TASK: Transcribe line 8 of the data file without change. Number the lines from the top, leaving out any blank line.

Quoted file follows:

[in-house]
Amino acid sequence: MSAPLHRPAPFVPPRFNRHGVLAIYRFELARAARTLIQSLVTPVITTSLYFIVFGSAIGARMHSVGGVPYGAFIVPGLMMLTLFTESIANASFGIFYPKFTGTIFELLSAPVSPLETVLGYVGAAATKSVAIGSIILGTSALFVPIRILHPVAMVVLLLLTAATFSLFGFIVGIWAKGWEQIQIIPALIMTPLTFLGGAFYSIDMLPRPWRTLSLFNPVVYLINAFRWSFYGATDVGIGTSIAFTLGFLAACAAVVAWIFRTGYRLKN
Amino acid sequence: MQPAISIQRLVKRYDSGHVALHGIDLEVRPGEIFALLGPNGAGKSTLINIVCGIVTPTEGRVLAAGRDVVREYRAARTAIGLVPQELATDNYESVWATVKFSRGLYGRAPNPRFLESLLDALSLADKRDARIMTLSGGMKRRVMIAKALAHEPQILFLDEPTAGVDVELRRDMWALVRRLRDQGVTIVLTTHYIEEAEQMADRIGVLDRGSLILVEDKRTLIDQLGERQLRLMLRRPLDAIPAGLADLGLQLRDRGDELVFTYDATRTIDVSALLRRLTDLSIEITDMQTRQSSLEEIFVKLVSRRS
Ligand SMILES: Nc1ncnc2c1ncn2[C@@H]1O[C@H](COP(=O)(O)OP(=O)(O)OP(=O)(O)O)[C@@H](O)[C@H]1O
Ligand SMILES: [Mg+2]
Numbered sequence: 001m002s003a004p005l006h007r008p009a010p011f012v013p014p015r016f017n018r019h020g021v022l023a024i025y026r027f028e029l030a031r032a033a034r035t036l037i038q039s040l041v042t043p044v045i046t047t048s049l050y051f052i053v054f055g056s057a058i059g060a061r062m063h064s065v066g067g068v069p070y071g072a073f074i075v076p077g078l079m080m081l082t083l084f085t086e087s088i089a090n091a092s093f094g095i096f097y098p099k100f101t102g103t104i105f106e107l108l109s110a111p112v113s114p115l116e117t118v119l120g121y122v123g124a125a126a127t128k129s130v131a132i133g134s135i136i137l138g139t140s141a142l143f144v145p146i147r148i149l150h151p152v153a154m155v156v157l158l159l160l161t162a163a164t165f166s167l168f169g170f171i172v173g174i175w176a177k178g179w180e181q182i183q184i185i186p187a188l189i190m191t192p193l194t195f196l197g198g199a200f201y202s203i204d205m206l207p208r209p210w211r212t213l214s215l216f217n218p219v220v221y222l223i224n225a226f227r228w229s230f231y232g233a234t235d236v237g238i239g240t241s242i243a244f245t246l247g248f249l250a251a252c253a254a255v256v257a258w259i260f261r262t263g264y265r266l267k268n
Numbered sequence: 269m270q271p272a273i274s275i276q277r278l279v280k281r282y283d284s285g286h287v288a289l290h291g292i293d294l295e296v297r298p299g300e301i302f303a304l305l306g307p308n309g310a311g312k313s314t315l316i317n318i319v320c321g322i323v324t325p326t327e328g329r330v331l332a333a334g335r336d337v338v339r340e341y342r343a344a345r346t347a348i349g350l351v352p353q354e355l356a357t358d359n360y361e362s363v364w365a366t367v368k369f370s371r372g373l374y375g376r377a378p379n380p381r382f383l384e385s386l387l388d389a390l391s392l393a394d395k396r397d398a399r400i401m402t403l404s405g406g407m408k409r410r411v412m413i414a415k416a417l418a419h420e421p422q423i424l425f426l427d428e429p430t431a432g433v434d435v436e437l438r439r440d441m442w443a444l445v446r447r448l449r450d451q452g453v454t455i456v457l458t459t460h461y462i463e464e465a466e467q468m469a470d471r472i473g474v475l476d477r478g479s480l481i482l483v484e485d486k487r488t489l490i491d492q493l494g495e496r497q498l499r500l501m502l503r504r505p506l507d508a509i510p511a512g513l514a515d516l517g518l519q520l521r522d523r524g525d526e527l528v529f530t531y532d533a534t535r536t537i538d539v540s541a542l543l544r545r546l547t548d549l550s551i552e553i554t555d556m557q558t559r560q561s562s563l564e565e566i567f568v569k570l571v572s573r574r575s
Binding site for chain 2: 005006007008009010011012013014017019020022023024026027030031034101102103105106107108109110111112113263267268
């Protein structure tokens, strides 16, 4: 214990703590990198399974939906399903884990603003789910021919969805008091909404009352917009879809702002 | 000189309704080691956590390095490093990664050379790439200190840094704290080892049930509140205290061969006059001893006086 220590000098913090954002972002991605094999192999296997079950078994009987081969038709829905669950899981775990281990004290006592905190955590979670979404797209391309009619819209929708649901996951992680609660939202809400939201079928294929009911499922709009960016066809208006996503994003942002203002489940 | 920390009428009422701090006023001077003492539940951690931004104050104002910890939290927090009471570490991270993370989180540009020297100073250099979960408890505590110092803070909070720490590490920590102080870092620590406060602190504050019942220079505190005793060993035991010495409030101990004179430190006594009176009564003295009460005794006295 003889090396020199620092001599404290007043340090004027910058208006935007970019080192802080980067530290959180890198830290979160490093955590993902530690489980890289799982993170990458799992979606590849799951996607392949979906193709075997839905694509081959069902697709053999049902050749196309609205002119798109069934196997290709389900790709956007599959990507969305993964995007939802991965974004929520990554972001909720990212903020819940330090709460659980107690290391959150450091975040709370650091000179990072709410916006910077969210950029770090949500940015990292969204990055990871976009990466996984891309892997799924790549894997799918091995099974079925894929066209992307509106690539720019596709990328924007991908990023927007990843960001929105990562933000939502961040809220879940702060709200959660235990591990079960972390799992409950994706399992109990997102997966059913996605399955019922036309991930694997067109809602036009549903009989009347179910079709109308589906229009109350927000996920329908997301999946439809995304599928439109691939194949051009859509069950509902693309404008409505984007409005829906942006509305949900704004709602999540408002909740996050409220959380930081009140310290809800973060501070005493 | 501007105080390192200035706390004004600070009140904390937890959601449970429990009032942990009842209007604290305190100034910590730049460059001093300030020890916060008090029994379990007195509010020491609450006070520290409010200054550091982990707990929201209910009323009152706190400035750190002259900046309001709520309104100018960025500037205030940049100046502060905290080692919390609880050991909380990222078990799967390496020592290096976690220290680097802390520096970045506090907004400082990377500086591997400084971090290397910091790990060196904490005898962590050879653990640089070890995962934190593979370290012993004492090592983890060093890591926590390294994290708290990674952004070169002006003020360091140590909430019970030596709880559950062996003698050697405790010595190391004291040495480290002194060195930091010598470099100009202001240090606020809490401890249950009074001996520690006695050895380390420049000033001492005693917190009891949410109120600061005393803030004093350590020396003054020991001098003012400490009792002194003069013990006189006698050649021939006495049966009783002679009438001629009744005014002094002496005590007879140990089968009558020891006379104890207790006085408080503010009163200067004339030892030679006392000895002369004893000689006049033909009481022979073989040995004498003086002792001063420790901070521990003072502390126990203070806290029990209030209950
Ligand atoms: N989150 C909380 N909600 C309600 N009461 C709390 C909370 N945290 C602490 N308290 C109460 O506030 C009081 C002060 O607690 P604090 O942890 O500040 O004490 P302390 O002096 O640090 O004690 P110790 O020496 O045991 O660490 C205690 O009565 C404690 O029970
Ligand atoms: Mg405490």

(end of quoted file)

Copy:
Binding site for chain 2: 005006007008009010011012013014017019020022023024026027030031034101102103105106107108109110111112113263267268